• Friday, February 23, 2024
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Nigerian banks’ return on equity lags Kenya, South African peers

Nigerian banks’ return on equity lags Kenya, South African peers

Nigerian banks lagged behind some of their Kenya and South African peers in terms of how much profit they generated with their shareholders’ equity in the first half of this year.

Research by BusinessDay on the five best-performing banks in Nigeria, South Africa and Kenya showed Equity Group Holdings (a Kenyan bank) led its African peers in terms of return on equity (ROE), a metric that measures a bank’s profitability by revealing how much profit a bank generates with the money shareholders have invested.

Among banks surveyed in Kenya, South Africa and Nigeria, Kenya’s Equity Bank, with a market capitalisation of $1.53 billion, had the highest ROE of 28.90 percent in H1 2022, while South Africa’s Capitec, with a market cap of $13.01 billion (222.19 billion ZAR), had the second-best ROE of 27 percent.

“Nigerian banks have to deal with economic shocks, short credit cycles and persistent problems in the oil sector. They also have to deal with policy actions, policy uncertainty and regulatory risk,” said Mahin Dissanayake, director for Europe, Middle East and Africa bank ratings at Fitch.

“Nigerian banks compared to other markets operate in a volatile environment,” Dissanayake said.

Investors say a higher ROE indicates that a company is effectively using the contributions of equity investors to generate additional profits and return the profits to investors at an attractive level.

In terms of ranking, Nigeria’s Guaranty Trust Holding Company was third, with a market cap of N582.7 billion and had an ROE of 17.90 percent in H1 2022.

“Unlike its African peers, Nigerian banks were unable to deliver higher returns to shareholders as profit was supported by foreign exchange gains, income from investment securities due to gradual improvement in yield environment and loan accretion,” Tunde Ogunbiyi, an audit expert attached to one of the Big Four accounting firms, said.

BusinessDay’s findings also showed Nigeria’s United Bank for Africa (UBA) and South Africa’s ABSA Group Limited both had the fourth-best ROE of 17.17 percent in H1 2022, followed closely by Nigeria’s Zenith Bank with an ROE of 17.50 percent.

Read also: Nigerian banks find non-core lending irresistible despite rate hikes

South Africa’s Standard Bank Group and Nedbank recorded ROE of 15.3 percent and 13.6 percent in H1 2022 respectively.

Another major bank in Nigeria, FBN Holdings (the holding company of First Bank of Nigeria), with a market capitalisation of N367.9 billion, had an ROE of 12.80 percent in H1 2022.

“The harsh regulatory environment and economic downturn are preventing the management of Nigerian banks from generating enough growth from their equity financing,” Ogunbiyi said.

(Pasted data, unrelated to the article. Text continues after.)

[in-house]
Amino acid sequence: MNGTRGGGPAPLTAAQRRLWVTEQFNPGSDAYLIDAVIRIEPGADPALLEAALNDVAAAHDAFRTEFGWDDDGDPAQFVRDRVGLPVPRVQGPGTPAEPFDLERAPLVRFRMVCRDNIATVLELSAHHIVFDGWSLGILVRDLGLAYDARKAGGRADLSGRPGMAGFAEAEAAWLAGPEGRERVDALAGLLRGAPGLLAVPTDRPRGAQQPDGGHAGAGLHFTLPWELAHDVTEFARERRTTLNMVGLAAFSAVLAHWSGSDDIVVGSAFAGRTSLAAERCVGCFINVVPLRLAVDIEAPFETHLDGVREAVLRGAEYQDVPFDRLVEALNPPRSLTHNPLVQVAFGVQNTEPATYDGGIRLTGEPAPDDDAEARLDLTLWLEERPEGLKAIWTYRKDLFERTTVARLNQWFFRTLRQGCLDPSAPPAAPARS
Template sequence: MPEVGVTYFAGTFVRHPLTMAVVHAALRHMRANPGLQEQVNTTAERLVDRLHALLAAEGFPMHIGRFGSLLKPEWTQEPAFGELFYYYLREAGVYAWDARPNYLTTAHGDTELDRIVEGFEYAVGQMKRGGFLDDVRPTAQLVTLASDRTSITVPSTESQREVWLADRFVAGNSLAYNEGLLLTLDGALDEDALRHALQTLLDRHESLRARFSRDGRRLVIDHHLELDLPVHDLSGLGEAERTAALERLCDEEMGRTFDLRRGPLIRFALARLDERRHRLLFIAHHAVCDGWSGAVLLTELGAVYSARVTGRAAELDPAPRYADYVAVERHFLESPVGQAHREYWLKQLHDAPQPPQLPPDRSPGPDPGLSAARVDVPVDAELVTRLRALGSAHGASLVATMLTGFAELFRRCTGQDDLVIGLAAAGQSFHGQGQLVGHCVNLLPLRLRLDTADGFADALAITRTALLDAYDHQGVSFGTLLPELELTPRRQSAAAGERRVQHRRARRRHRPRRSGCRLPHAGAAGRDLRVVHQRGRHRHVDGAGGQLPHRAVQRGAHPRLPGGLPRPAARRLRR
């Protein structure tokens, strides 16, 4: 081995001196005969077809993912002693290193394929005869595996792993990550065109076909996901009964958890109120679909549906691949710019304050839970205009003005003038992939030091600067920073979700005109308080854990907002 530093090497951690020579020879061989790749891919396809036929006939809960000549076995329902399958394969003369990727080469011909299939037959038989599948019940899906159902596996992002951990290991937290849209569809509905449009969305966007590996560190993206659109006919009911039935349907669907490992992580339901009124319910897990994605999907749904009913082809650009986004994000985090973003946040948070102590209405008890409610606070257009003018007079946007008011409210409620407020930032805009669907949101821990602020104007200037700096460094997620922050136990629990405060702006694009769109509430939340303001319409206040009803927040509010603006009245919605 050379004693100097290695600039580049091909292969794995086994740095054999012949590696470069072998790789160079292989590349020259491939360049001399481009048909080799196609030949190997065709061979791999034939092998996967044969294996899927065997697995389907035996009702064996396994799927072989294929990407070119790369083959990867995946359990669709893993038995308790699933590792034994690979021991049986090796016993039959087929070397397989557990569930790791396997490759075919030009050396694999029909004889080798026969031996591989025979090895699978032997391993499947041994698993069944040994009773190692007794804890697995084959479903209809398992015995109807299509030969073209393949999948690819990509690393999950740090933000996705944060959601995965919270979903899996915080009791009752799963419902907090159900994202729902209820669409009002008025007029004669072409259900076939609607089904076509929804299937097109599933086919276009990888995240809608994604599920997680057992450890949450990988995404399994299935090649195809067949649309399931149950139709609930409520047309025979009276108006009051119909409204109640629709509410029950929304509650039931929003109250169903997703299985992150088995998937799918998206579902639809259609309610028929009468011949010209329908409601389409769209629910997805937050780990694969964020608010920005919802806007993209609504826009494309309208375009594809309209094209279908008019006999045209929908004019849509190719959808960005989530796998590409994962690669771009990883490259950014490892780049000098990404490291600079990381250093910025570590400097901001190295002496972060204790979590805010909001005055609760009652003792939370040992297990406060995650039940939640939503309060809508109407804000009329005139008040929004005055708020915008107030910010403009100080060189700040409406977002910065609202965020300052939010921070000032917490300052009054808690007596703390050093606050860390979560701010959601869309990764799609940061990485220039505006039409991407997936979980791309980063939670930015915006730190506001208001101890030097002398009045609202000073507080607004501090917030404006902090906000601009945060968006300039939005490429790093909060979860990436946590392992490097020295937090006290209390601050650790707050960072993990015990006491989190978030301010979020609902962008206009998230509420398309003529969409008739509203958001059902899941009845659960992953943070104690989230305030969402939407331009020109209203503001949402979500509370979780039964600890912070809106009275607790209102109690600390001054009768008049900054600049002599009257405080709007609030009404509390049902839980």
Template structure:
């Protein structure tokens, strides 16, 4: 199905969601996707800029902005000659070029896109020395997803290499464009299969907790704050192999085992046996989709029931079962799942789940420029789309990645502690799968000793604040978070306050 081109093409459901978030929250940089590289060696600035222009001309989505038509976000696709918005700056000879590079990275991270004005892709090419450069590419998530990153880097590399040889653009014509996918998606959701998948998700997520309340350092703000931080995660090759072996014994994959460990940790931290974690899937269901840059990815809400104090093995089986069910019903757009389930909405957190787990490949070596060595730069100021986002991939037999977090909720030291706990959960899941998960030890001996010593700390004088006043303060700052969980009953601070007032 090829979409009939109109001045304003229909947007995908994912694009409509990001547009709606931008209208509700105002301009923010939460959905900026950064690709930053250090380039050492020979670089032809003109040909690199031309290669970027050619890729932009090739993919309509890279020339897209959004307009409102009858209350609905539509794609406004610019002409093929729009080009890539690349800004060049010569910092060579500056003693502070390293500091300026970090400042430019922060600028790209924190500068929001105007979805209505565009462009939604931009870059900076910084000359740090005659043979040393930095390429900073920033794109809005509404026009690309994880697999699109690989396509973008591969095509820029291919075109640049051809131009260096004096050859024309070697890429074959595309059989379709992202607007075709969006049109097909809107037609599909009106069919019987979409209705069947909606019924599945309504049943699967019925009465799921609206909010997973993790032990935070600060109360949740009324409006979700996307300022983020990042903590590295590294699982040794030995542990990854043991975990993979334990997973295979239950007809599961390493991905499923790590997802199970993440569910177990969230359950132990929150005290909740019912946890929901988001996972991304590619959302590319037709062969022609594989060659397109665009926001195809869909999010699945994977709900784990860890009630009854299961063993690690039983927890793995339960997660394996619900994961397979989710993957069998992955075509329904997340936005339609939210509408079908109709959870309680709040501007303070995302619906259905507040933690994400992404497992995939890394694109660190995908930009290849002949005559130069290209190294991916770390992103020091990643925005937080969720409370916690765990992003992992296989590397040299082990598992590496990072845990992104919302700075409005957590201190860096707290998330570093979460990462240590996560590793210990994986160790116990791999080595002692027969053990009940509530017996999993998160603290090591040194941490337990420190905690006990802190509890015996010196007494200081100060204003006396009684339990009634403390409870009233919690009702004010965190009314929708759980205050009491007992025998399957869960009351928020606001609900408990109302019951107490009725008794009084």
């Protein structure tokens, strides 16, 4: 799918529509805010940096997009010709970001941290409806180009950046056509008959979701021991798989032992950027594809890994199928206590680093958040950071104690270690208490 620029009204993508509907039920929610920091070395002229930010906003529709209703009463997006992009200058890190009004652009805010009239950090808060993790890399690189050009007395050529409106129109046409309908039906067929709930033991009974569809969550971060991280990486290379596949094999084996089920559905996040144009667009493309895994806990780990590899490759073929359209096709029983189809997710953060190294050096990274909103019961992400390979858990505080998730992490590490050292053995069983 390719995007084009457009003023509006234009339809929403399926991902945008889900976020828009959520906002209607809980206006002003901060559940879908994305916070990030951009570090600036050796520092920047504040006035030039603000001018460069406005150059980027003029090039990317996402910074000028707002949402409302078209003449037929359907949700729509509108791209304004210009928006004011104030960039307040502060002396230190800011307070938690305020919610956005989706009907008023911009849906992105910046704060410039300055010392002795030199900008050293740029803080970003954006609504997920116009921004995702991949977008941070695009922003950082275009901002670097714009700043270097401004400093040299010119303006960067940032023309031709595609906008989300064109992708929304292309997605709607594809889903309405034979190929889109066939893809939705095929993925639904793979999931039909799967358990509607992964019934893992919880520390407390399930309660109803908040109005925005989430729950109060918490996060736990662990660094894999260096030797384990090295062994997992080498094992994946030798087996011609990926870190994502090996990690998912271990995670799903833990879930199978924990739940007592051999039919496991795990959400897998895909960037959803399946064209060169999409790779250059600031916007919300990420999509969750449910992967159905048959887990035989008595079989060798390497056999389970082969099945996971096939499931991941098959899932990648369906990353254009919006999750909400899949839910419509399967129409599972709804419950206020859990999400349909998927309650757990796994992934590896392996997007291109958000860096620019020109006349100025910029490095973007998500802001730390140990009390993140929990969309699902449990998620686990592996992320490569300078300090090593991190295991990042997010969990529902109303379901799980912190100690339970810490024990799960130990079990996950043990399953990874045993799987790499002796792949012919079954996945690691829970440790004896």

Tajudeen Ibrahim, director of research and strategy at Chapel Hill Denham, believes Nigeria’s current era of lower interest rates is having an effect on banks’ interest income.

“In the first quarter of the year, interest rates were lower than the second quarter of the year. That could make the banks less appealing in terms of their ROE relative to their peers in other African countries,” Ibrahim said.

Ibrahim advised Nigeria’s economic managers to fix the challenges concerning ease of doing business.

He said: “The cost of doing business in Nigeria needs to go down substantially, and when it does, banks will begin to post stronger prices.

“When you have diesel costs affecting profitability in Nigeria, there is no way you can be at par with peers in other African countries where they are not seeing significant pressure on the cost front.”

Also, a global rating agency, Fitch Ratings, had predicted Nigerian banks’ operating environments could deteriorate in 2022–2023 as adverse global economic conditions feed through to the local economy.

Fitch said the pressures on banks’ profitability and asset quality would be higher than initially expected due to high inflation and a potential economic slowdown. The banks are expected to face these headwinds despite higher oil prices.

The rating agency however does not expect the banking sector to experience a material shock.

The Monetary Policy Committee of the Central Bank of Nigeria has raised the Monetary Policy Rate, the key interest rate, twice this year, with analysts saying another hike looks likely in September.

“We expect interest rates to increase further given accelerating inflation and tighter global financial conditions,” Fitch said. “This should support the banks’ net interest margins, which have been dented by low rates in recent years.”

Agusto & Co, a Nigerian credit rating agency, has projected Nigerian commercial banks to grow pre-tax ROE by 23 percent at the end of 2022 financial year.

“Nevertheless, we note that the forthcoming elections and growing budget deficit have forced the FGN to modify several extant tax legislations which will moderate the banking industry’s profits. Overall, Agusto & Co expects the industry’s pre-tax return on average equity to increase to 23percent (FY 2021: 20.6 percent) in FY 2022,” Agusto & Co said.